Capitalism is killing our children
It is incomprehensible that Washington politicians could sit through the hours of gut-wrenching testimony from the loved ones of victims of recent gun violence in Buffalo, New York, and Uvalde, Texas, and not be moved. Yet this seems to be the case.
Speakers included Uvalde teacher Arnulfo Reyes, who survived his own gun wounds. He tearfully described witnessing the shooter massacre 11 of his students. Pediatrician Dr. Roy Guerrero, who helped identify slain children including some who were decapitated, described one child identified only by her distinctive green sneakers. One 11-year-old student, Miah Cerrillo, tearfully described covering herself in another child’s blood just to survive.
Garnell Whitfield Jr., whose 86-year-old mother Ruth Whitfield was a victim of the Buffalo massacre, pleaded with the politicians to do something: “You’re elected to protect us, to protect our way of life. I ask every one of you to imagine the faces of your mothers, as you look at mine, and ask yourself, is there nothing that we can do?”
So many witnesses asked the House representatives: “Why aren’t you protecting the people you were elected to serve?”
Yet in truth they are.
Regardless of who voted for them, these politicians see their primary role as protectors of the profits of the capitalist class, in particular the interests of corporations and lobbyists, like those of the National Rifle Association who fund their campaigns. They are servants of the capitalist state, and as such their job was never to protect the lives and well-being of the majority of people in the U.S.
As of 2020 guns became the leading cause of death among people ages 1 to 19 in the U.S., according to the Gun Violence Archive, which has documented at least 254 mass shootings in the U.S. so far this year.
What is needed is a ban on the sales of assault weapons, like the AR-15 used by the Texas shooter. Developed as weapons of war, they were never intended for domestic and civilian use, yet millions flood the market in the U.S. today. So why is a ban not likely to happen in the U.S. under its current capitalist economic system?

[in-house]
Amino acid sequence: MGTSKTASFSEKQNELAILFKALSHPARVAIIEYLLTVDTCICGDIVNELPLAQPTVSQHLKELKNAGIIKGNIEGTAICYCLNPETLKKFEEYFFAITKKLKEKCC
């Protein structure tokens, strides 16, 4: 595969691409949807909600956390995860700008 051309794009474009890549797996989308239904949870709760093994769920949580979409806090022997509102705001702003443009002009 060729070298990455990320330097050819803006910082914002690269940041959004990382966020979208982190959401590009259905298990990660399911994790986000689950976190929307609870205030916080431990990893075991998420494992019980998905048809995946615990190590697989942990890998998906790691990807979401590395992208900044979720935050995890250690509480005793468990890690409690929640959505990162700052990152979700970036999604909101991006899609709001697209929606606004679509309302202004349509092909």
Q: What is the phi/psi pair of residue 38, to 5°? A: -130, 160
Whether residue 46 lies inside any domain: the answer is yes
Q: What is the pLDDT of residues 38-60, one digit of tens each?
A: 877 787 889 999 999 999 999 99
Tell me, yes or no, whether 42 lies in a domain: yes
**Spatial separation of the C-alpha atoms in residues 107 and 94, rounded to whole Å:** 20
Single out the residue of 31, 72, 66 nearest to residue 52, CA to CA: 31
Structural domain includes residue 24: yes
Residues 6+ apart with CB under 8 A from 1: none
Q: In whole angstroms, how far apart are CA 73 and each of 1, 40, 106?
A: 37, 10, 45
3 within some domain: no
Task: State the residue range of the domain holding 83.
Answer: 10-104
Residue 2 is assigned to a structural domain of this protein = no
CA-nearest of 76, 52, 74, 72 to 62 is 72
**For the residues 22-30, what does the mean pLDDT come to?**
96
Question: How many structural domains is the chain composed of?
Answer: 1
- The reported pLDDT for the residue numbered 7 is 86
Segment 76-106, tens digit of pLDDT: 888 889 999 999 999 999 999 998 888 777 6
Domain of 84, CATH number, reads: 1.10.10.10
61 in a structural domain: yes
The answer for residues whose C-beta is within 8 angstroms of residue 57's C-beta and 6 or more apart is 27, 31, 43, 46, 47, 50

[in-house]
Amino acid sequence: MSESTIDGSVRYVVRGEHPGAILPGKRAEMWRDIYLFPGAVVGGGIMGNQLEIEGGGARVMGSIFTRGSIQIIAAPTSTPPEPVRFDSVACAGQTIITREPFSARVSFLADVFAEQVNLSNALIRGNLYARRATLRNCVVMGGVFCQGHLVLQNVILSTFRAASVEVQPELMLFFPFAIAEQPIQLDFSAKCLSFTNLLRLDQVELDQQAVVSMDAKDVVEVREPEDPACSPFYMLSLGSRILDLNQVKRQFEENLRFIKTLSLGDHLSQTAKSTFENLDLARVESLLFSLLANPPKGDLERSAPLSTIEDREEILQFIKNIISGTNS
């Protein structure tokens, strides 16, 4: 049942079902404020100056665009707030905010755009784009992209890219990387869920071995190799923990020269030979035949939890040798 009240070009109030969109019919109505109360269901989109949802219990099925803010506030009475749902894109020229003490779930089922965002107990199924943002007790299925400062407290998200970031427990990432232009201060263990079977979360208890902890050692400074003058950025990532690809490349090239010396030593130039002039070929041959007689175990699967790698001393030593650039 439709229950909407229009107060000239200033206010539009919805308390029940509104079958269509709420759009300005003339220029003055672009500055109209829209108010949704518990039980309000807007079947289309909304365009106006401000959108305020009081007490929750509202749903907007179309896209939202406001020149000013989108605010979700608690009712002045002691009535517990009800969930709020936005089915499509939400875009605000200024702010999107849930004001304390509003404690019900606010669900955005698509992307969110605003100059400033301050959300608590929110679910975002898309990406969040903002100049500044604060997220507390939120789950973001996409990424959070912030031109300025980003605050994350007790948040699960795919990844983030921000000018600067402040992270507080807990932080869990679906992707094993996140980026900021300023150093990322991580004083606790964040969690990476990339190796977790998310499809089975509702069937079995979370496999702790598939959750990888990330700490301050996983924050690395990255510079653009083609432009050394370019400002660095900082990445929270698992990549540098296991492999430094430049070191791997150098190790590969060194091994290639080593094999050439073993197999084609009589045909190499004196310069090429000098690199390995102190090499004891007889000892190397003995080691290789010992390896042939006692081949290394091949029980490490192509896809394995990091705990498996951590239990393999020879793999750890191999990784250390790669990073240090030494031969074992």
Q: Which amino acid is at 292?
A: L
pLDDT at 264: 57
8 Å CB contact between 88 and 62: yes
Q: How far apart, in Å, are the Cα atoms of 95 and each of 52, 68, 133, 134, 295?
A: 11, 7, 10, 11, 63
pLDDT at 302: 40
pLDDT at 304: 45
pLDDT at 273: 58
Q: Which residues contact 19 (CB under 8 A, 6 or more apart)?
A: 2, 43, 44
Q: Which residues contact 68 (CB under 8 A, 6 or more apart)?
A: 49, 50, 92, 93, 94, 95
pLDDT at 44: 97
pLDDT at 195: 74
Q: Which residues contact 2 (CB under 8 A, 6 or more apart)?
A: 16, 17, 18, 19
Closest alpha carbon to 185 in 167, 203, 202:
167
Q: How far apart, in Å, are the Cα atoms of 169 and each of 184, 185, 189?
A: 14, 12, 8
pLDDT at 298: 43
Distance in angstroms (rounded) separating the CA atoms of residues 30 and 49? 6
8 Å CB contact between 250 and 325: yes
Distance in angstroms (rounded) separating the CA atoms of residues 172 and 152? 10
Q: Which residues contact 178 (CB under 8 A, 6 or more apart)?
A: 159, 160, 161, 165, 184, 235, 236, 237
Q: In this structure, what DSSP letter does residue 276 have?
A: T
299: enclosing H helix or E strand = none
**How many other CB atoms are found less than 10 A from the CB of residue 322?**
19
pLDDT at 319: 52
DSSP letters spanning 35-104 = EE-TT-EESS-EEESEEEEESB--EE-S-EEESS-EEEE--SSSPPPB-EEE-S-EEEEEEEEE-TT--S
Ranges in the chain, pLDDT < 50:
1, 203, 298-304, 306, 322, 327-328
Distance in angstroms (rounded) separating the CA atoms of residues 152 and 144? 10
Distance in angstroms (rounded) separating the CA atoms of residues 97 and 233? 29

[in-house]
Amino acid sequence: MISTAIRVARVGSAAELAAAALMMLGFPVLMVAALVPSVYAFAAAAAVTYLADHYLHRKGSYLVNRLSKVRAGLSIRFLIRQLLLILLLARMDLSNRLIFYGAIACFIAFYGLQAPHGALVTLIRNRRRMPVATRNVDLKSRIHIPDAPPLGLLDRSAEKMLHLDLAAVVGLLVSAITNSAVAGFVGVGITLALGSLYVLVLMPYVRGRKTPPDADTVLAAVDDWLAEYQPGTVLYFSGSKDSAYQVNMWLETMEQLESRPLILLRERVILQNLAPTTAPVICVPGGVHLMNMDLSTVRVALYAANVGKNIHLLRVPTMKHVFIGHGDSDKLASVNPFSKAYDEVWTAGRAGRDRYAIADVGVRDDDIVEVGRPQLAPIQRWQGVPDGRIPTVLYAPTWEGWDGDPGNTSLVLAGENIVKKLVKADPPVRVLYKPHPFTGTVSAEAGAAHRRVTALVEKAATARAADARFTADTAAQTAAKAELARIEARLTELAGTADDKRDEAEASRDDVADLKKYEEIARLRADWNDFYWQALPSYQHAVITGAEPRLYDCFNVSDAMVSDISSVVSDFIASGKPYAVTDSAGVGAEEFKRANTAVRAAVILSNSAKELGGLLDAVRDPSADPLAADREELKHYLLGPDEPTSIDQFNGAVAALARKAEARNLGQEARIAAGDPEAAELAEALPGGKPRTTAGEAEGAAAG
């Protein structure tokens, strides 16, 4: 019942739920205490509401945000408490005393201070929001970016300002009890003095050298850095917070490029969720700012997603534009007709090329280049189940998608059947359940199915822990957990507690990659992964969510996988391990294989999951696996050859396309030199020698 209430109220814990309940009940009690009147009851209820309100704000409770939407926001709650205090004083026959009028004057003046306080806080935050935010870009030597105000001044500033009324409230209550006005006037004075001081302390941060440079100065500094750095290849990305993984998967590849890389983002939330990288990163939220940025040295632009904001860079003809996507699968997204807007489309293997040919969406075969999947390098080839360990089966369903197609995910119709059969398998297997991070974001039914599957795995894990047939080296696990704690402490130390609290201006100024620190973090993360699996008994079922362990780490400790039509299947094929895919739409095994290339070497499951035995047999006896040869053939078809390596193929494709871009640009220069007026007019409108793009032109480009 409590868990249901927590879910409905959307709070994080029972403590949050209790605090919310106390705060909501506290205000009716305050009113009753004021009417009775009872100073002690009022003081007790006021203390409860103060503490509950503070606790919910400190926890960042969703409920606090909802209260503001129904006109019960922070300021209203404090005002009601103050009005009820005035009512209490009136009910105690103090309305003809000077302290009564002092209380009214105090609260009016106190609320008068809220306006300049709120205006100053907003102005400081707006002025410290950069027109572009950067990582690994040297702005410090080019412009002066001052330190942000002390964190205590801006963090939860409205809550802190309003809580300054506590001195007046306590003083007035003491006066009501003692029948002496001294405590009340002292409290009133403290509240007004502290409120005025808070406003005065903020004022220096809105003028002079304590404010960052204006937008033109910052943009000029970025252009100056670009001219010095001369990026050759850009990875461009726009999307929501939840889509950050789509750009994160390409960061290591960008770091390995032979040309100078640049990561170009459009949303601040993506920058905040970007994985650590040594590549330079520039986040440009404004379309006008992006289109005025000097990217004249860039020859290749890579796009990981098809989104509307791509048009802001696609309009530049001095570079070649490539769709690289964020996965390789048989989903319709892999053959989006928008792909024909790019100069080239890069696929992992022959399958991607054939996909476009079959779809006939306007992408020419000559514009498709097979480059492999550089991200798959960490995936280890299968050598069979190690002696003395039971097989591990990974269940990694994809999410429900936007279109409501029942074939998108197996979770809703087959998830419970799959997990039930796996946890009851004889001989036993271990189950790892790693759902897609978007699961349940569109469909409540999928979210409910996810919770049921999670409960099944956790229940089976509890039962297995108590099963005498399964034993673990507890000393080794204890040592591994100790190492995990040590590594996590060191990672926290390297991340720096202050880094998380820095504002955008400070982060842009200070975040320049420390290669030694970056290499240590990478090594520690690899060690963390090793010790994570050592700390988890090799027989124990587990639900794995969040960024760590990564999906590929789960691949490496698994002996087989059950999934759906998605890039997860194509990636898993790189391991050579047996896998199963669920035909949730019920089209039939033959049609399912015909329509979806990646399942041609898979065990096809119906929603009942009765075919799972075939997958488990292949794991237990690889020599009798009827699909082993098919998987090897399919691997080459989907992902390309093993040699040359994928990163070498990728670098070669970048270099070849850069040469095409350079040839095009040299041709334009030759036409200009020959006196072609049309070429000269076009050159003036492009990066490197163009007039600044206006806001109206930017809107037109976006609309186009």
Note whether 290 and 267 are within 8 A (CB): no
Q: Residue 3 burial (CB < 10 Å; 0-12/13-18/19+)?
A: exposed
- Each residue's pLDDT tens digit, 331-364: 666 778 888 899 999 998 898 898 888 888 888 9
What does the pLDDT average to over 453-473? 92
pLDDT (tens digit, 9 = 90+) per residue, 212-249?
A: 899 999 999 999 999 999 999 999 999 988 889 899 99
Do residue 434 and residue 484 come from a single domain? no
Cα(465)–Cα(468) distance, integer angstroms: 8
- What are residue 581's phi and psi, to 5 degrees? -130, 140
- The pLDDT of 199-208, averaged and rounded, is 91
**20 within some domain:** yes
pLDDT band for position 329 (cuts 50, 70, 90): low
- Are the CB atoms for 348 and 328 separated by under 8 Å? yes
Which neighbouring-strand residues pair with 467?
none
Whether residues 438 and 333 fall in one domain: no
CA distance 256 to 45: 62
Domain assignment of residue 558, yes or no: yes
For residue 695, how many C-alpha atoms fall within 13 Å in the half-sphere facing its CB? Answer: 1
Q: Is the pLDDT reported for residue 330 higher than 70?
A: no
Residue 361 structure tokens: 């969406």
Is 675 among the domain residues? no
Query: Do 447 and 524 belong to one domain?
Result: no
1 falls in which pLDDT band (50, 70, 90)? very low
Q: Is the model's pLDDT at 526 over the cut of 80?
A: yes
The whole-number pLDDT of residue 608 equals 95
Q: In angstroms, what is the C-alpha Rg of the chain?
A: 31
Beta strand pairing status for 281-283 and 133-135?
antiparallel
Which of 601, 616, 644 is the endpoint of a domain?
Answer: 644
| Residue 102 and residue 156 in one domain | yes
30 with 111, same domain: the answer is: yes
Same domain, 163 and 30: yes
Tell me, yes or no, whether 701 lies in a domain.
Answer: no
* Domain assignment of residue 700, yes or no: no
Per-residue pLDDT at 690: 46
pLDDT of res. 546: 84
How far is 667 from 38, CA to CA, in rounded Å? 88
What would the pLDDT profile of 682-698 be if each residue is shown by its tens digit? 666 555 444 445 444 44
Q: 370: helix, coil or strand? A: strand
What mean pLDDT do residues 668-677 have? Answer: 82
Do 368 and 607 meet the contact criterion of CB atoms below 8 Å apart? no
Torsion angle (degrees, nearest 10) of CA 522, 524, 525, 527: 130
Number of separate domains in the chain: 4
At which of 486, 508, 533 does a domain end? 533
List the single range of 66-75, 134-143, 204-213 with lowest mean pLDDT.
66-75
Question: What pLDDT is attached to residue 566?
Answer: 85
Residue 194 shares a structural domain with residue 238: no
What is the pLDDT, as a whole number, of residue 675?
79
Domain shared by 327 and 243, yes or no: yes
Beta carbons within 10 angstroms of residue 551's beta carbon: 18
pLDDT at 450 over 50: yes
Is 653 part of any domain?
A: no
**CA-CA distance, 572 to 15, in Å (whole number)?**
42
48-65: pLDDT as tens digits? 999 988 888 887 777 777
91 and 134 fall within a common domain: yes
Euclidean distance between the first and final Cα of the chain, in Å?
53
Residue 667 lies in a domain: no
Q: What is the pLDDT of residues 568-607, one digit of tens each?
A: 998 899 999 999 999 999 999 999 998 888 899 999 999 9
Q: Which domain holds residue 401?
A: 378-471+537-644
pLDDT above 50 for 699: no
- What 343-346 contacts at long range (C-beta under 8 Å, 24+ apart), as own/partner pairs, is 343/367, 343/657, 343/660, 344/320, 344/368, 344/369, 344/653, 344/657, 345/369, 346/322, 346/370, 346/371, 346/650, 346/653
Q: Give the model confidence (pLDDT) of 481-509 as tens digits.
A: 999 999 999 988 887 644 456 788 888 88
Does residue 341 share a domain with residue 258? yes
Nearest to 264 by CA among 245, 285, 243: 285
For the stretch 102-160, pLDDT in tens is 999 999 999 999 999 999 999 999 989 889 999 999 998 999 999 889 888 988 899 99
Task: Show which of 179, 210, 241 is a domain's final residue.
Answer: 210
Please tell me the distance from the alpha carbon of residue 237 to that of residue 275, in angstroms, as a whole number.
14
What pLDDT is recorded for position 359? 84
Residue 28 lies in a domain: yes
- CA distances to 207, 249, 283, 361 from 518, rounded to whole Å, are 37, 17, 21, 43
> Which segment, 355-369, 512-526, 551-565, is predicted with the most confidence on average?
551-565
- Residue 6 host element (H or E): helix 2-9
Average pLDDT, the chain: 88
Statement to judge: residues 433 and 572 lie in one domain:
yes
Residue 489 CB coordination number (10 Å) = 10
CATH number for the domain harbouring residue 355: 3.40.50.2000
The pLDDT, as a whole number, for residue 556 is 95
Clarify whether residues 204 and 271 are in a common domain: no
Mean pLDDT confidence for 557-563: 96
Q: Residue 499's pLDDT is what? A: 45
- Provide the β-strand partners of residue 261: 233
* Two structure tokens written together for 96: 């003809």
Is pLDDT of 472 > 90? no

Children as collateral damage
Even as mass shootings were increasing in the U.S., President Joe Biden and Congress hypocritically voted seven different times to spend hundreds of millions on weapons to be sent to Ukraine. U.S. weapons expenditures amount to $135 million a day.
U.S. corporations have grown rich and powerful from imperialist wars. During the war in Vietnam, the image of a young Vietnamese girl badly burned by napalm helped fuel broader opposition to the war. Since then the imperialists have tried to desensitize the population at home to the violence it carries out around the world.
The U.S. stopped allowing reporters to cover combat zones during the first Iraq war, unless they were embedded in U.S. battalions. They brushed aside the slaughter of children in Iraq, Afghanistan and elsewhere as “collateral damage” — what happens in wars.
This policy now extends to schools in this country. Schools and neighborhoods are being turned into war zones, with children as collateral damage. This is the cost of allowing unfettered access to gun-sale markets for companies that produce weapons intended for war but increasingly sold to the public.
And the surplus of equipment produced for military conflicts abroad is increasingly made available for domestic use. Witness the police forces that used tanks and other combat equipment to attack activists protesting the police murders of George Floyd in 2020 and Michael Brown in 2014.
Biden and Congress want us to believe that state violence is disconnected from the violence carried out by individuals. In truth, foreign policy is the extension of domestic — and it’s a two-way street.
Mass outpouring in protests
On June 11, hundreds of thousands of demonstrators turned out in Washington, D.C., and in over 400 other U.S. cities for protests against gun violence. The rallies were organized by March for Our Lives, first created by students who survived the Marjory Stoneman Douglas High School mass shooting in 2018 in Parkland, Florida.
It is clear that people want to be safe while buying groceries or attending places of worship. Students want to be safe at school. At the same time, workers and oppressed people have the right to self-defense against white-supremacist forces, such as the 31 masked Patriot Front extremists who planned to attack an Idaho Pride event June 11.
In an effort to undermine this movement, on June 12 news surfaced that a group of 20 senators may have struck a bipartisan agreement on gun-safety measures. Their emerging package could require extra scrutiny for gun buyers under 21, grants to states to implement so-called red flag laws and new spending on mental health treatment and school safety.
Even if this measure managed to pass a Senate vote, it would do little to address the fundamental problem. Jacqueline Lugman with Black Agenda Report said it well: “When the U.S. stops enabling the carnage all over the world as a business model, maybe then we’ll stop seeing the blowback on our streets.” (June 8)